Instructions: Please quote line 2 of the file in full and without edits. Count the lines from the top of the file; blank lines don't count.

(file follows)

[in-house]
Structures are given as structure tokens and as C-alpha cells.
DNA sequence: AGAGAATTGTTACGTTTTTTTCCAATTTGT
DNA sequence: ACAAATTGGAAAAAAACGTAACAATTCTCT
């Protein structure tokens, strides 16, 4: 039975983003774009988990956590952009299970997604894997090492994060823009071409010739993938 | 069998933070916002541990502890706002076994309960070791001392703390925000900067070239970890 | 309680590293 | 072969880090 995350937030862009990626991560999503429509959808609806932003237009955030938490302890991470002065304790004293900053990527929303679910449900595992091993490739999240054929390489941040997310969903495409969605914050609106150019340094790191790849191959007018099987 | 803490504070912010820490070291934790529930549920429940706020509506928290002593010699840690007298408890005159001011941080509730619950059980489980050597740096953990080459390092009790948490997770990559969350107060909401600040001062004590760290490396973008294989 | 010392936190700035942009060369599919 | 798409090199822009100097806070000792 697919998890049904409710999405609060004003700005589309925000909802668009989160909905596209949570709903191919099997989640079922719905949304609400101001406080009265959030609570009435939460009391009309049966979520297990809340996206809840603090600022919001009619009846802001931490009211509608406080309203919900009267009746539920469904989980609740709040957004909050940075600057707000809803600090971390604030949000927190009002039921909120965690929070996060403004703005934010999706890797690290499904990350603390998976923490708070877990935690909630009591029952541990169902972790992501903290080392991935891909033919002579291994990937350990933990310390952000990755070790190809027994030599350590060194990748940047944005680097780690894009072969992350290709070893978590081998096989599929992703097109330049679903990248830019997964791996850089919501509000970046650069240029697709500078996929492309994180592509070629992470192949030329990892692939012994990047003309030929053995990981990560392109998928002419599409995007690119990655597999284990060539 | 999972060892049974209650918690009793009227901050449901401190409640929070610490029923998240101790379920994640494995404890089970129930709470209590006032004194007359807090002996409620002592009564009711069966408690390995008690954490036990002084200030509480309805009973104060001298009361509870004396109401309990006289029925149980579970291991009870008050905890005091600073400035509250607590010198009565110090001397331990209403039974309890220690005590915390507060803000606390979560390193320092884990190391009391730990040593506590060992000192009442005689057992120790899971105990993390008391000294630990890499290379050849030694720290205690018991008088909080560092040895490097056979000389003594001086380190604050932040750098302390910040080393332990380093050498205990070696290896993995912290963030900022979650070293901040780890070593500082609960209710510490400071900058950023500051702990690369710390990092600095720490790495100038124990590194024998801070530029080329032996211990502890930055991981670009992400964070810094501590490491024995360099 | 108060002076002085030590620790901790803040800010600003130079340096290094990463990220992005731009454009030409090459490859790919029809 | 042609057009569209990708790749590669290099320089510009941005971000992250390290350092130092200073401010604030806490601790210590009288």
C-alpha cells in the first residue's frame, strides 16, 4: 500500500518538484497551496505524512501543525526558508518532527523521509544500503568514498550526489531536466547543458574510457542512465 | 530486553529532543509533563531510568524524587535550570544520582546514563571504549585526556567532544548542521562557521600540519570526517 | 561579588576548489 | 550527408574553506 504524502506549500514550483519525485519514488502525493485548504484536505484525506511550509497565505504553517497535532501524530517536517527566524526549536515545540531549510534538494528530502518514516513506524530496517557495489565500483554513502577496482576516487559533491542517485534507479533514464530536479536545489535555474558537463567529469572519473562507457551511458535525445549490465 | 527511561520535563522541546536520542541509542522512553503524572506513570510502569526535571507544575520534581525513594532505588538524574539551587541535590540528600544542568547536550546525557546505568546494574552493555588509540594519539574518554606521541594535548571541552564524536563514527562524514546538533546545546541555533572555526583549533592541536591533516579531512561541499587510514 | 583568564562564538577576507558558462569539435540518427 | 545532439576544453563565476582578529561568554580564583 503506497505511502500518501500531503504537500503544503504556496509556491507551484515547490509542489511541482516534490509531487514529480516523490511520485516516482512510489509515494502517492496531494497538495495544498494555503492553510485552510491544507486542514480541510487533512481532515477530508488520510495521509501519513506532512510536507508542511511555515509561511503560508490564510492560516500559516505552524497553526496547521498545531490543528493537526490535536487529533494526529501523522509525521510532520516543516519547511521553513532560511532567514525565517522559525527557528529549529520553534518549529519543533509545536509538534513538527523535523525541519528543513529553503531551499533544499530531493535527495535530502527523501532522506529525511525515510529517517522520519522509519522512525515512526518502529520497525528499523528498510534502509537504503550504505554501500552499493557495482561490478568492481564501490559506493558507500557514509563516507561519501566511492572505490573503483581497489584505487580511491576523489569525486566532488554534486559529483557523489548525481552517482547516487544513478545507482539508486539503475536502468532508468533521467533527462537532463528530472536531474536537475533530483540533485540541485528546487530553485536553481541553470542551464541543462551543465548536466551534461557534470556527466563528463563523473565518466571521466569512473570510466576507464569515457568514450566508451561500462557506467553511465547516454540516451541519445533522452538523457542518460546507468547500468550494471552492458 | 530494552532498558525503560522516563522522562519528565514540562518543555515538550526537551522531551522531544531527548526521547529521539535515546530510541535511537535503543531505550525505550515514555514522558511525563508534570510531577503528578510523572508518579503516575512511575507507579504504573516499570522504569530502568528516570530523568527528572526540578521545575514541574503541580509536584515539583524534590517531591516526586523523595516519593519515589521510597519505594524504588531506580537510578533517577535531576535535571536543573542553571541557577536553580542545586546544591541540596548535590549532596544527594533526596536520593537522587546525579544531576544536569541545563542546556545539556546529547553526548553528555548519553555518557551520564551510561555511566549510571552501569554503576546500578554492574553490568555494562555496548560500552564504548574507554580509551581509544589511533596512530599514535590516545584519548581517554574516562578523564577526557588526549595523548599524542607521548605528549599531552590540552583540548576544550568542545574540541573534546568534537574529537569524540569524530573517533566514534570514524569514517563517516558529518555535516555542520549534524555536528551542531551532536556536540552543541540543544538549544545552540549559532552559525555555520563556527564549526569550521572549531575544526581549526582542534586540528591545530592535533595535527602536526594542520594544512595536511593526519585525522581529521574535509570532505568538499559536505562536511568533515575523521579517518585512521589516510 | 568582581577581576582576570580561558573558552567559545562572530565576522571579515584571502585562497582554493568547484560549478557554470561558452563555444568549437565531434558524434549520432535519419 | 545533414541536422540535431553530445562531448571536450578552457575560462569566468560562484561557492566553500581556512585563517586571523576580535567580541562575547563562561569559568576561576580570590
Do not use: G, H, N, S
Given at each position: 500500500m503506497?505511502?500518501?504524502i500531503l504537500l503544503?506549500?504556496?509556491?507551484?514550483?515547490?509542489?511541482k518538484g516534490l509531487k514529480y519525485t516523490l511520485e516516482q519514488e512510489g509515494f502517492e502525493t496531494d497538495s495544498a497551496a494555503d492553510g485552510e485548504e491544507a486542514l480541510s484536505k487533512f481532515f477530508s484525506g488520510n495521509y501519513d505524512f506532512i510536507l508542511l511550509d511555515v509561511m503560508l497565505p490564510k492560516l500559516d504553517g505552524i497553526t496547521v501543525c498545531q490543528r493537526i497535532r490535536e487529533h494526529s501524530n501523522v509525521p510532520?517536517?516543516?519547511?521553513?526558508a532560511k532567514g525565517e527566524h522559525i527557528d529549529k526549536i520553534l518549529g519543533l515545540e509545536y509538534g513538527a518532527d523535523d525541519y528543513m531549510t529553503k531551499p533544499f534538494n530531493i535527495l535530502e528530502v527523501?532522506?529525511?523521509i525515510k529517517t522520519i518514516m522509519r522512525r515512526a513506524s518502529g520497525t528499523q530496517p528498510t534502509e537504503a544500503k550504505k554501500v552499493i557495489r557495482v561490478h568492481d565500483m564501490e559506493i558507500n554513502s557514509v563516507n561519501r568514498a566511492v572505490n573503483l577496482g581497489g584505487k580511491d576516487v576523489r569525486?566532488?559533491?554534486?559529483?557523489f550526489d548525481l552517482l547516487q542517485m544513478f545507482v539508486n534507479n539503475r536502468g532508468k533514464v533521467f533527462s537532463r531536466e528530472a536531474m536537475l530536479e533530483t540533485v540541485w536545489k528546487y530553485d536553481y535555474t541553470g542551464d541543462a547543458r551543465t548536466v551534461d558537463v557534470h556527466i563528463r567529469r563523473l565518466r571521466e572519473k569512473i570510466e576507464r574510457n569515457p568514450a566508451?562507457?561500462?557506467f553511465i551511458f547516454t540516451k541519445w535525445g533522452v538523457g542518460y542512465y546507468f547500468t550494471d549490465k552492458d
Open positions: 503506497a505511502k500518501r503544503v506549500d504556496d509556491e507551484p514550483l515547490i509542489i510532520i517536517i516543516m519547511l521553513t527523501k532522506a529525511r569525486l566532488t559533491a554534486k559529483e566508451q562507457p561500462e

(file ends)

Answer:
Structures are given as structure tokens and as C-alpha cells.